Today’s shuffle has all the significance of the day McDonald's hands out new uniforms. It’s still the same lame product being served by the same uninspired people with the same boss – they just happen to look a bit different. It’s unlikely to change the minds of urbanites, francophones and women who Harper can’t win over.

In fact, the shuffle goes some way to solidify the impression that Harper is stubborn and untrustworthy. It would have been smart politics to move disastrous ministers like O’Connor and Oda when their failings became evident – as he did with Ambrose this winter. Moving them now only serves as a reminder that he let incompetence go unchecked for months. Not smart for a party that needs to look different from the scandal-plagued Liberals.

So, what is the next event of “income trust scandal” magnitude that will move the polls in a lasting way? More and more people are looking to the Outremont by-election where a strong showing from former Liberal environment minister Thomas Mulcair for the NDP could signal the beginning of real change in federal politics in Quebec and the rest of Canada.

Thursday, August 2, 2007

The Ploys of Summer: Liberals plotting le fin de Dion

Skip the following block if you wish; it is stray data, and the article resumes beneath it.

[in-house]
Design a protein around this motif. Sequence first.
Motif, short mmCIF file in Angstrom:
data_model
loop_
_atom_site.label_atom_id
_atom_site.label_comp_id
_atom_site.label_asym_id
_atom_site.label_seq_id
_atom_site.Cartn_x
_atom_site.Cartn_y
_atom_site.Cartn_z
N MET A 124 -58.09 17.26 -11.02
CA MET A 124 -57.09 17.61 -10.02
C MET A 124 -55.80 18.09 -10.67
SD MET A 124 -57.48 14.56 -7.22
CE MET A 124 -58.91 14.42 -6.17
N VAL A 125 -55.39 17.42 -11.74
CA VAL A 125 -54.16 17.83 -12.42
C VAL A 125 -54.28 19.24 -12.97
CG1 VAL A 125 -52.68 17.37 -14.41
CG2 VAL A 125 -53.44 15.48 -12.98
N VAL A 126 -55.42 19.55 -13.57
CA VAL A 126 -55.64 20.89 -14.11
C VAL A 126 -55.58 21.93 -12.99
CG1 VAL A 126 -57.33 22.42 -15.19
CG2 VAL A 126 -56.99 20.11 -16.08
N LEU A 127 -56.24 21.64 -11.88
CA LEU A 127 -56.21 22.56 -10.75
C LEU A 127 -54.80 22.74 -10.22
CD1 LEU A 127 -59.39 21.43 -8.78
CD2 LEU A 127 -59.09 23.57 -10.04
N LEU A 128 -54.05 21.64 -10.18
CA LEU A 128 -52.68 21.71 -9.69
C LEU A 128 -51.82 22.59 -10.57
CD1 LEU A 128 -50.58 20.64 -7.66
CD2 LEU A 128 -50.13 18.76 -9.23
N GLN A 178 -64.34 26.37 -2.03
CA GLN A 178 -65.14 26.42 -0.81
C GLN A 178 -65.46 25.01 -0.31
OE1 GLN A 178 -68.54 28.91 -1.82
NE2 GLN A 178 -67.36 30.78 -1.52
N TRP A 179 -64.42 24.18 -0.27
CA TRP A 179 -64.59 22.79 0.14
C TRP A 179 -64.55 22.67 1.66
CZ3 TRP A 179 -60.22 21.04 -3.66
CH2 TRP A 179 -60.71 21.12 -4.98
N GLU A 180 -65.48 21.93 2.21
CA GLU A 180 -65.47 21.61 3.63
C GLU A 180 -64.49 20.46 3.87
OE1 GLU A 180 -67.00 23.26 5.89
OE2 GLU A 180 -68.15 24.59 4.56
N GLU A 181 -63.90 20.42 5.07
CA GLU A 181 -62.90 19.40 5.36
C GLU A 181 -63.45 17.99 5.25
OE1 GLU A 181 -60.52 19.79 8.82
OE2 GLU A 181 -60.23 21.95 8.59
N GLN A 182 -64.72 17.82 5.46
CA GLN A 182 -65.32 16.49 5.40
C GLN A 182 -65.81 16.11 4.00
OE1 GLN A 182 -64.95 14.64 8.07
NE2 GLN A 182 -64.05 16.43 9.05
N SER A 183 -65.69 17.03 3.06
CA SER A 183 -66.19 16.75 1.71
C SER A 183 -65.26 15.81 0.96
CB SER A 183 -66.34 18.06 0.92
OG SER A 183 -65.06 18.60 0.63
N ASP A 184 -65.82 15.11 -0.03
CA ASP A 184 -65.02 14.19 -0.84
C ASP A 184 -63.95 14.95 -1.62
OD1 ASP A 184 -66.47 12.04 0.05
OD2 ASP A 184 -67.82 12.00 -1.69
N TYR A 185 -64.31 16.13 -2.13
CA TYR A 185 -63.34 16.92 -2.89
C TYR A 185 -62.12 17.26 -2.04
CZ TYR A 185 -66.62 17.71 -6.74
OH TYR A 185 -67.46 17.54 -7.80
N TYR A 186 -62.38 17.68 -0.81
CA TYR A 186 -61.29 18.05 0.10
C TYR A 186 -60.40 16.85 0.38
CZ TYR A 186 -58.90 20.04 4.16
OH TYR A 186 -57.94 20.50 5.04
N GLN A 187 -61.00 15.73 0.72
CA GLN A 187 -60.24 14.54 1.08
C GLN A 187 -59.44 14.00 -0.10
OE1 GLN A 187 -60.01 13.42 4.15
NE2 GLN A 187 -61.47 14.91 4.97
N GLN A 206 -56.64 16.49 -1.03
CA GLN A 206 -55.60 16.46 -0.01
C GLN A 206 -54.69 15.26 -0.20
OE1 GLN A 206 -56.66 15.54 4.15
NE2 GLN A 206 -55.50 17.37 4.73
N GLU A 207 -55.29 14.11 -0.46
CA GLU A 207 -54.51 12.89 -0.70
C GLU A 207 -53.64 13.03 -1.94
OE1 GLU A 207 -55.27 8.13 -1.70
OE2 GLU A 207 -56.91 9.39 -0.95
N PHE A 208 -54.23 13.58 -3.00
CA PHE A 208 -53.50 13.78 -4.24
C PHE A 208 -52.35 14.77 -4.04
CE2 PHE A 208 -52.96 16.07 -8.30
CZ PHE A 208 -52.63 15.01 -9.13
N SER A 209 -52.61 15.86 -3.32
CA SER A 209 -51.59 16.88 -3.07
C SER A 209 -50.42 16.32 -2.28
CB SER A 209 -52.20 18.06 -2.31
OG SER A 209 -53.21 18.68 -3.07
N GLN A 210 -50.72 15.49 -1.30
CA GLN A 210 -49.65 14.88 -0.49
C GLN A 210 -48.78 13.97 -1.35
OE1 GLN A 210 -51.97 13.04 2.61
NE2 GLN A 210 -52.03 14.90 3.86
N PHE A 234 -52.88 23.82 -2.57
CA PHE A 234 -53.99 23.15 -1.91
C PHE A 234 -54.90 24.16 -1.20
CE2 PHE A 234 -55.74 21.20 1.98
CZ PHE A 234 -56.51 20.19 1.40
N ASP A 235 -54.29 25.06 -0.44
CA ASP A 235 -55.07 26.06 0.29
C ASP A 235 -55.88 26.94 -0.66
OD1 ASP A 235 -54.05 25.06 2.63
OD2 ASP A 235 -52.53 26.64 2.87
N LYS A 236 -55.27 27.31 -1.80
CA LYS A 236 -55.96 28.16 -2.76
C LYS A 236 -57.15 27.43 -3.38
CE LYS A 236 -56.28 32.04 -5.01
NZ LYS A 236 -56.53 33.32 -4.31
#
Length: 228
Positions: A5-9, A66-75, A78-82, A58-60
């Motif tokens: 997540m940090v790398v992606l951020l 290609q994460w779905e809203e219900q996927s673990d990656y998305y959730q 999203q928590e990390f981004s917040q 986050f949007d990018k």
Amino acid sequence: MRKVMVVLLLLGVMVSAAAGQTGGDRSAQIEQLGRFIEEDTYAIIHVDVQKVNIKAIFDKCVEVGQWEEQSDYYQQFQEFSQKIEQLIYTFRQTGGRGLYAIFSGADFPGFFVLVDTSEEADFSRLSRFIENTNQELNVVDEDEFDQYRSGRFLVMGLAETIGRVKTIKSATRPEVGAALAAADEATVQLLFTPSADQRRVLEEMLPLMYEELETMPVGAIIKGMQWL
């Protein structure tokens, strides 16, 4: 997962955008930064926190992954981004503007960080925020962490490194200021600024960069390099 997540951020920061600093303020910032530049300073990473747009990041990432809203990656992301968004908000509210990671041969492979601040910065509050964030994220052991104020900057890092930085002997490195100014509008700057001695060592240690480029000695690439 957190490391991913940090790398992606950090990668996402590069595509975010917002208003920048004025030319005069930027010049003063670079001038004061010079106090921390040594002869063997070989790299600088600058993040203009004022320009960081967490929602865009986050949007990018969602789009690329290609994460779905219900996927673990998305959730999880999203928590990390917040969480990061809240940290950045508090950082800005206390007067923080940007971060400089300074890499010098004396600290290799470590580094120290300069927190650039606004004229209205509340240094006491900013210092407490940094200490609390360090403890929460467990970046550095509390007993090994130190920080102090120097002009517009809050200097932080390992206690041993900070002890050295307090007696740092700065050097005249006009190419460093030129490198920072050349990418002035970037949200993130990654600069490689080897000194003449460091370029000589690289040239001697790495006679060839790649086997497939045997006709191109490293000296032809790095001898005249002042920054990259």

The “happy place” for disaffected Liberals will always be the poorly disguised chaos of the undeclared leadership race.

They can’t be blamed. For the past 15 years, Liberals have grown old knowing only the reassuring skirmishes of internecine warfare between camps built on the substantive argument that “our guy is better than yours”.

The directionless Summer of Dion is dragging closer to fall. Some are saying that anything less than a convincing Lib win in Outremont will mark le fin de Dion. But at least two would-be sucessors appear to have prejudged the outcome.

In one corner, it’s tough to ignore the signals Ralph “Income-Trust-Me” Goodale is sending by spending his summer months polishing his francais in Chicoutimi (as was noted by John Ivison). Hmmmm. A six-term MP from Saskatchewan, who has already held five cabinet jobs is suddenly showing an renewed interest in the country’s other official language? Curious.

In the other corner is Michael Ignatieff who strangely went out of his way to give this interview on a article that will appear in Time magazine to polish something else: his record as having been the head Harvard cheerleader for Bush’s 2003 invasion of Iraq. So desperate is Iggy’s predicament that his preferred alibi is “I make rash decisions which I later regret.”

Umm, isn’t that precisely the problem with the current guy?

And these guys expect to run the country again.